Simple Drills

Starting simply, you can use drilling to practice single words. If the class have a problem pronouncing or remembering a word then simply get them to repeat chorally.

Teacher: elephant
Students: elephant, elephant

And that’s it. Just repeat till the students can say the word without a problem. (We’ll look below for some ideas to spice up this kind of drilling as it can get a little dull but the principle of repetition is the same.)

With longer words which students might find difficult to pronounce, you can break them up into syllables:

Teacher: con
Students: con, con
Teacher: se
Students: se, se
Teacher: conse
Students: conse, conse
Teacher: quence
Students: quence, quence
Teacher: consequence
Students: consequence, consequence

And of course you can drill sentences. But remember, drilling should always serve a specific purpose (often part of error correction) so there’s no point in just getting the class to repeat sentences because you can’t think of anything else to do with them!

No. When you see that the class has a problem with a certain kind of construction, use that as the basis for a drill. Suppose, for example, they are continually making the same mistake. In this case it’s following must with the full infinitive.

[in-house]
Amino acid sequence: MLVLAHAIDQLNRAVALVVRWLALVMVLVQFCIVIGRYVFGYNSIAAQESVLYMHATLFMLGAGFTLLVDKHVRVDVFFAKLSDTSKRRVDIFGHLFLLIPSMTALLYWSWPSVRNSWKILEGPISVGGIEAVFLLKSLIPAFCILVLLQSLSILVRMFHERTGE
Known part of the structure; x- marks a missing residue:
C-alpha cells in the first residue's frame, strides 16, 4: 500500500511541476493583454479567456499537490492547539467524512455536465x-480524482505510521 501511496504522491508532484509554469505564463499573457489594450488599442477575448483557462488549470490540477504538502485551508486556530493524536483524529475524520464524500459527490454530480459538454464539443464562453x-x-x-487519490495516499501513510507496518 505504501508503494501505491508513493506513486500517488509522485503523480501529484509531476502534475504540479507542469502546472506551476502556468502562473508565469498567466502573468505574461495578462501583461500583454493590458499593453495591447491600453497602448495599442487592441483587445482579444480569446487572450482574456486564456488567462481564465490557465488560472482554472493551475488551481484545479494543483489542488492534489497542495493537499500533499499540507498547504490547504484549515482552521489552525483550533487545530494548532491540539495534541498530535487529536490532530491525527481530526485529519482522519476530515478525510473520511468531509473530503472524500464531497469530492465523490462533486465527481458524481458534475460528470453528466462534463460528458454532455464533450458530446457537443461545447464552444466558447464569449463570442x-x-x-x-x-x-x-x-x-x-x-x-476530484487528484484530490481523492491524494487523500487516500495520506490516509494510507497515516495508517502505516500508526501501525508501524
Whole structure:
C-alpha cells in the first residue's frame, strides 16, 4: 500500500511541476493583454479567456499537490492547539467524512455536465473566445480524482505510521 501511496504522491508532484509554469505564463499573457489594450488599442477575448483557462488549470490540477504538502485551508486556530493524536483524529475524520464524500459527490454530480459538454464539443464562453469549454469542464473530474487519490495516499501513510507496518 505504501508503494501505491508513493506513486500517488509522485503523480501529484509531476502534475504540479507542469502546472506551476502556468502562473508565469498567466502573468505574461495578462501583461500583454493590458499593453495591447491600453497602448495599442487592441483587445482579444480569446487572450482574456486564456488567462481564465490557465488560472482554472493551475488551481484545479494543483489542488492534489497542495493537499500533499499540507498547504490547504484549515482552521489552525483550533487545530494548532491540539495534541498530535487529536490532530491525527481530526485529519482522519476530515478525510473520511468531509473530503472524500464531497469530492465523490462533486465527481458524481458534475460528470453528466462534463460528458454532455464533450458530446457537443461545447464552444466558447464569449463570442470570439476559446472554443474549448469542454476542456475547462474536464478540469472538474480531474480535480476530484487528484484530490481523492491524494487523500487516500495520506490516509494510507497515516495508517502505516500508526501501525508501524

* I must to go now.

* an asterisk at the beginning of a sentence means it’s ungrammatical

To help them overcome this, you could prepare and practice a drill like this:

Teacher: I must go.
Students: I must go. I must go.
Teacher: I must eat.
Students: I must eat. I must eat.
Teacher: I must work harder.
Students: I must work harder. I must work harder.

But of course, don’t simply launch into the drill, explain beforehand about the error the students are making and make sure the class understands. Then get into the drill to give them plenty of practice and try and have the correct grammar fixed in their subconscious mind as a habit.

Variations on a Drilling Theme

For drilling to be effective the students must be alert to the process. If they are just repeating without really thinking about what they’re saying then they won’t learn. Instead, these ideas are about enhancing the drilling process to make it a little more fun and interesting and, above all, effective.

backchaining

This is working from the end to the beginning in a drill. Suppose you wanted to drill this sentence: